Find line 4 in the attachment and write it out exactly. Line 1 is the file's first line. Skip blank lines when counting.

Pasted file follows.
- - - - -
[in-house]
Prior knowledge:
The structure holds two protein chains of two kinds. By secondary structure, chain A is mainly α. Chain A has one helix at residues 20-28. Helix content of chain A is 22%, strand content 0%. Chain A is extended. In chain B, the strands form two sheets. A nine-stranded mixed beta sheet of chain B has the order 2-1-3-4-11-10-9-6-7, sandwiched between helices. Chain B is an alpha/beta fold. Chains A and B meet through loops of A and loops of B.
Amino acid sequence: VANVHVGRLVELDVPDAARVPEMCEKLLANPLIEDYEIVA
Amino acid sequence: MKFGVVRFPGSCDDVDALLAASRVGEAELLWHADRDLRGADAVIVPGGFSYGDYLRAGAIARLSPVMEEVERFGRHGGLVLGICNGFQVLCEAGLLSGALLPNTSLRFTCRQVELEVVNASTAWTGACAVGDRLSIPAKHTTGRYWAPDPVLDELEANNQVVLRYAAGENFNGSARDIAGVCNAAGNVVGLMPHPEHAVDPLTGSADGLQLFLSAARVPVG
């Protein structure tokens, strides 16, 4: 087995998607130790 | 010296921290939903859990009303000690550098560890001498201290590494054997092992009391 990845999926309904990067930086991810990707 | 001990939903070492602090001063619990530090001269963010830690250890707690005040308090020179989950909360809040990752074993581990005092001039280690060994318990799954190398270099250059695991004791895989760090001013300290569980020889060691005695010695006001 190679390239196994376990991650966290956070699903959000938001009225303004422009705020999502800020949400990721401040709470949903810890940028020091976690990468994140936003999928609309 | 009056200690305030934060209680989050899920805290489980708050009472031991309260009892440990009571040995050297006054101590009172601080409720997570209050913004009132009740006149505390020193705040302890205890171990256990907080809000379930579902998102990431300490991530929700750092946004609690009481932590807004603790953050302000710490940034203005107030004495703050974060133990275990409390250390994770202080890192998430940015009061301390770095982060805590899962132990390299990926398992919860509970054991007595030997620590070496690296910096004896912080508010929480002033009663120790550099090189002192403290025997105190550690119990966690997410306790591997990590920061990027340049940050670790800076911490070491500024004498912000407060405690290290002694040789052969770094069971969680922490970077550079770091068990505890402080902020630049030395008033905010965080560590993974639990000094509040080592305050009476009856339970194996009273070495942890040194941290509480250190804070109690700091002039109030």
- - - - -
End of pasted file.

Amino acid sequence: VANVHVGRLVELDVPDAARVPEMCEKLLANPLIEDYEIVA